Bluegrass pioneer Earl Scruggs passed away Wednesday morning at the age of 88. The cause of his death has been attributed to natural causes.
Earl Scruggs, who changed the course of country music in the 1940s withand guitarist Lester Flatt, died on the morning of Wednesday, March 28, at a hospital in Nashville, Tennessee. His son, Gary, said in a statement that his father died of natural causes.
Born in 1924 to a musically gifted family in rural Cleveland County, North Carolina, Earl Scruggs was a country music legend who developed his own style of banjo playing. His innovative style of using his three fingers instead of the claw hammer on the banjo attracted the attention of Bill Monroe in 1945 and he took him under his wing.
"The banjo was, for all practical purposes, 'reborn' as a musical instrument," reads the biography on Scruggs’ official website. "Due to the talent and prominence Earl Scruggs gave to the instrument."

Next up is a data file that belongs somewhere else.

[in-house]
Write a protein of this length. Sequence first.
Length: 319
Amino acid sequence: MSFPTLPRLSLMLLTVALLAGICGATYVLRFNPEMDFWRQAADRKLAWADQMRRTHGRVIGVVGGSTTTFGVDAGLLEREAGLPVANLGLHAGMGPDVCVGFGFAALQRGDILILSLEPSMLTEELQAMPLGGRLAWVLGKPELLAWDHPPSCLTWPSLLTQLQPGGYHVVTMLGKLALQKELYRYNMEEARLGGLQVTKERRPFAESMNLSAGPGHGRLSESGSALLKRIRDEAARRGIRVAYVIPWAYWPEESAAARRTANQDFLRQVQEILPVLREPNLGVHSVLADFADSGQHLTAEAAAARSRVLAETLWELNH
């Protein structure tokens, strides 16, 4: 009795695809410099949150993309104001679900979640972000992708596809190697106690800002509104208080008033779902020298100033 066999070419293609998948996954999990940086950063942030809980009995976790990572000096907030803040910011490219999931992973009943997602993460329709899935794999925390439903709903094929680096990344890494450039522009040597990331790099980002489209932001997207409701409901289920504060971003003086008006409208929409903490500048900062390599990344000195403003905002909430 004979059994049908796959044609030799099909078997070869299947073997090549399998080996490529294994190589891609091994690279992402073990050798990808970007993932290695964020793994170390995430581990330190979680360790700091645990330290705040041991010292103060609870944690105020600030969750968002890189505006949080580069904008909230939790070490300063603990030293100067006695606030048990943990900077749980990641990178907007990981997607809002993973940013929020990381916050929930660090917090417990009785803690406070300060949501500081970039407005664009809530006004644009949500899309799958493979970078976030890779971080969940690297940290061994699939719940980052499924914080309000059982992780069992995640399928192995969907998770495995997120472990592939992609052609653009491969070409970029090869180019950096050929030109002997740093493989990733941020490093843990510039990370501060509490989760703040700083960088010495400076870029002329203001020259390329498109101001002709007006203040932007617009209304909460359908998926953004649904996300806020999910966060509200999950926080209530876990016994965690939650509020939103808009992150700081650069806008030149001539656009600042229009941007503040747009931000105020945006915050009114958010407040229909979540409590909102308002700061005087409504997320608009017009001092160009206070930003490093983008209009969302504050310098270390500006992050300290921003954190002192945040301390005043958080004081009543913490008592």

The legendary performer was still playing in Monroe’s band when he met guitarist and mandolin player Lester Flatt. Three years later, Earl Scruggs formed the Foggy Mountain Boys with Flatt and they were popularly known as “Flatt & Scruggs”.
The band was best known for the 1949 instrumental "Foggy Mountain Breakdown" played in the 1967 movie "Bonnie and Clyde" and "The Ballad of Jed Clampett", which became the theme of "The Beverly Hillbillies", the popular TV series that debuted in 1962. They also performed other hits like The Monkees' hit "Last Train to Clarksville" and "Nashville Skyline Rag”.
Life-time achievement award recipient Earl Scruggs continued to perform on his own after the death of Lester Flatt in 1979. Ten years ago, Scruggs won a Grammy Award for a recording of "Foggy Mountain Breakdown", which featured Steve Martin,, , , and Marty Stuart.
"I realize his popularity throughout the world went way beyond just bluegrass and country music," his son, Gary Scruggs, told CNN. "It was more than that."
Neil Portnow, president and CEO of the National Academy of Recording Arts and Sciences, said Earl Scruggs "leaves an indelible legacy that will be remembered for generations to come."
Four-time Grammy winner Earl Scruggs is survived by two sons, Gary and Randy. Louise, his wife of 57 years, died in 2006. Flowers will be placed on his star on the Hollywood Walk of Fame on Thursday.